Darren Nelsen

Founder, Node Operator, Blockchain/Cryptocurrency Consultant

NodeMage

Atlanta, GA

Blockchain node operator and cryptocurrency consultant. 5+ years blockchain experience.

InCall® Rates

Duration Price, XLM
6 minutes (SixFree Call)
15 minutes 564.5279678 XLM
30 minutes 1129.0559357 XLM
60 minutes 2258.1118714 XLM

Tags

nodes masternodes mining staking layer 2 cryptocurrency blockchain consultant

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Biography

I'm a blockchain/cryptocurrency consultant, developer, and founder of NodeMage, a blockchain infrastructure company specializing in operating masternodes. I've been involved in blockchain and cryptocurrencies since 2014. For two years at BitPay, I worked on the Insight block explorer, payment invoices, and merchant dashboard. I've given lectures and talks on blockchain and cryptocurrency technologies. I love helping others learn about everything related to crypto. I'm available for one-on-one consultations, group classes, and node operation and expertise. Looking forward to working with you!

7/28/2019 12:14:50 AM,
Darren Nelsen replied:

A node operator runs software that keeps a full copy of the blockchain and broadcasts transactions across the network. Nodes are needed in order to make blockchains work.

An operator ensures that nodes run with enough resources to keep nodes stable and performant. Nodes need to have enough RAM, disk space, bandwidth, etc. to stay operational and serve the network.

A masternode is a special type of collateralized and incentivized node that offers additional services to the network in exchange for a portion of block rewards and fees. (Examples are anonymous transactions, instant confirmations, file storage, encrypted messaging, etc.) Masternodes must stay operational at all times in order to earn rewards. A masternode therefore is typically deployed on a VPS (Virtual Private Server) with a static IP in a data center.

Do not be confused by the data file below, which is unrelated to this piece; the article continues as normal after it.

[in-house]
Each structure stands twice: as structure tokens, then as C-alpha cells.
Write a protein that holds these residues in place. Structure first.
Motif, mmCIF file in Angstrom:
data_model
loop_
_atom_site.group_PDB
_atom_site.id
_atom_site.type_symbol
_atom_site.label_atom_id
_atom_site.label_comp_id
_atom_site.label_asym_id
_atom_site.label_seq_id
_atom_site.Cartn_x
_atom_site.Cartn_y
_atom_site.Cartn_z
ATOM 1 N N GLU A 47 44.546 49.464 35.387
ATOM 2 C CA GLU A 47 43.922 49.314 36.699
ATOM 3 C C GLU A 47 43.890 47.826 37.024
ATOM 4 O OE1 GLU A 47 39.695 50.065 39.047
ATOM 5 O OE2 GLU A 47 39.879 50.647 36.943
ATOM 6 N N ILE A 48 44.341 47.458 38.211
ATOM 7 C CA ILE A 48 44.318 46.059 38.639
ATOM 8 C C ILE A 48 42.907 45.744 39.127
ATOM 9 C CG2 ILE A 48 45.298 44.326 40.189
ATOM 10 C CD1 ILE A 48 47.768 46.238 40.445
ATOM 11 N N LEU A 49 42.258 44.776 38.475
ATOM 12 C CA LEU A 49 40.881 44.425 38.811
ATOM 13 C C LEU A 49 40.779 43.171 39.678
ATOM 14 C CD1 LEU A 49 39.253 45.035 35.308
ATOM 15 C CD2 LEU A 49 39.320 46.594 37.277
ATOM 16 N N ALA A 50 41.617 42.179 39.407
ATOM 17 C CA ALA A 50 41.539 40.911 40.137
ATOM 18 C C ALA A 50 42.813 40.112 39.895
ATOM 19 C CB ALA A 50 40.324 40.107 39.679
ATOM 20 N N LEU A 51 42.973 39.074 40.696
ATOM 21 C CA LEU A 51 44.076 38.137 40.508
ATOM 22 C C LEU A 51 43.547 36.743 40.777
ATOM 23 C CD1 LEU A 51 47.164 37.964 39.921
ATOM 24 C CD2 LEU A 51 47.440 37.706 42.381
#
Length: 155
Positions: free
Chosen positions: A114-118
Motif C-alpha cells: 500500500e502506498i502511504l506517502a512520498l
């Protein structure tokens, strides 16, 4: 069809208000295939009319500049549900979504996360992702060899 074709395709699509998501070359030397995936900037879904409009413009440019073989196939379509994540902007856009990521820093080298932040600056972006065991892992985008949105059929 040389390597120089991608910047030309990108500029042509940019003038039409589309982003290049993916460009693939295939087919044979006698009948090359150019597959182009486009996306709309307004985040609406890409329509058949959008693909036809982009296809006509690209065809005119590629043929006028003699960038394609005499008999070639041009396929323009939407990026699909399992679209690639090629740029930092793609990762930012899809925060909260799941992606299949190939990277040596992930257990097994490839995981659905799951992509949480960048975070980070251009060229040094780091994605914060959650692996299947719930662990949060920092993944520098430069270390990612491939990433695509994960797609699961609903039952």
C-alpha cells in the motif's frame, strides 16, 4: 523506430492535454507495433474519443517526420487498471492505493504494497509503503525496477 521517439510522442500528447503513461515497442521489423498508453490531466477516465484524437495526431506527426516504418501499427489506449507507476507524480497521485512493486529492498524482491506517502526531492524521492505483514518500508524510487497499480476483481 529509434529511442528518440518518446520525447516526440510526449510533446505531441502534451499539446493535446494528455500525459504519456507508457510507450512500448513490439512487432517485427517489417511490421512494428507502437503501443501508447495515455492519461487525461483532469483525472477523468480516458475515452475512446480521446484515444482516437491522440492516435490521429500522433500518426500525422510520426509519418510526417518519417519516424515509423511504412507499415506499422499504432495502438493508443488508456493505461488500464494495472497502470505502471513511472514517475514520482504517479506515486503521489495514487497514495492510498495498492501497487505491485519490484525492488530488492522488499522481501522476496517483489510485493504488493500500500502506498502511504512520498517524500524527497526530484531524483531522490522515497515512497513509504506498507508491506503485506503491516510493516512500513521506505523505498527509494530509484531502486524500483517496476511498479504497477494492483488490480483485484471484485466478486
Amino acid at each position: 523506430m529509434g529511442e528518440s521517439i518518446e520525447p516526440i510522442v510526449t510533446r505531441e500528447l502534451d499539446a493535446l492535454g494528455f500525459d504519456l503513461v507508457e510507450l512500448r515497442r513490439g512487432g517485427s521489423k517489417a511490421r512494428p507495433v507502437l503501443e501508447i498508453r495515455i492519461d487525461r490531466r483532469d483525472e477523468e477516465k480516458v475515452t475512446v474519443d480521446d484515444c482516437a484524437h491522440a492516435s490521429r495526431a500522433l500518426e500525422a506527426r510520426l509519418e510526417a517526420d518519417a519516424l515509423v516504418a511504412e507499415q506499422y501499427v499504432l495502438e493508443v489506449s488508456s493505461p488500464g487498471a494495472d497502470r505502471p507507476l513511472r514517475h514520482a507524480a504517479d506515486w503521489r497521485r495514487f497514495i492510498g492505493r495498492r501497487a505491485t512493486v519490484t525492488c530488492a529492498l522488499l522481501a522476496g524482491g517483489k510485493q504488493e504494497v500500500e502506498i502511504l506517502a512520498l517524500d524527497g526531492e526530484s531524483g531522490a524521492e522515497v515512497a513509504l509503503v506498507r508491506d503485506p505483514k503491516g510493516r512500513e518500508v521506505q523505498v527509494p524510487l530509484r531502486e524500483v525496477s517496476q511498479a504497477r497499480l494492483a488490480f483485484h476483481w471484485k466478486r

Since new software versions are often released (with new features, bug fixes, and security enhancements), node operators must maintain current versions of software. Additionally, if a node should fall out of sync with the network (through an inadvertent fork of the blockchain, for example), a node operator might have to resync the node and get it back on the proper chain at the correct block height. A node operator needs to stay up to date with developments (usually through social media channels) to understand the latest status and requirements of the blockchains they support.

Additionally, a node operator might run nodes on behalf of clients, so contract terms/commission rates must be negotiated and implemented.

As for blockchains without node operators, there are permissioned blockchains that don't allow public node operators, but have private node operators nonetheless. And in DPoS (Delegated Proof-of-Stake) networks, there are limits to the number of nodes allowed to append blocks to the blockchain, but still have node operators. In fact, these operators, known as delegates, have even more responsibility because they are chosen by the community to run nodes that secure the blockchain.

Like other stakeholders in the network (ie. miners, stakers, developers, and users), node operators are vital to the operation, security, and health of blockchains.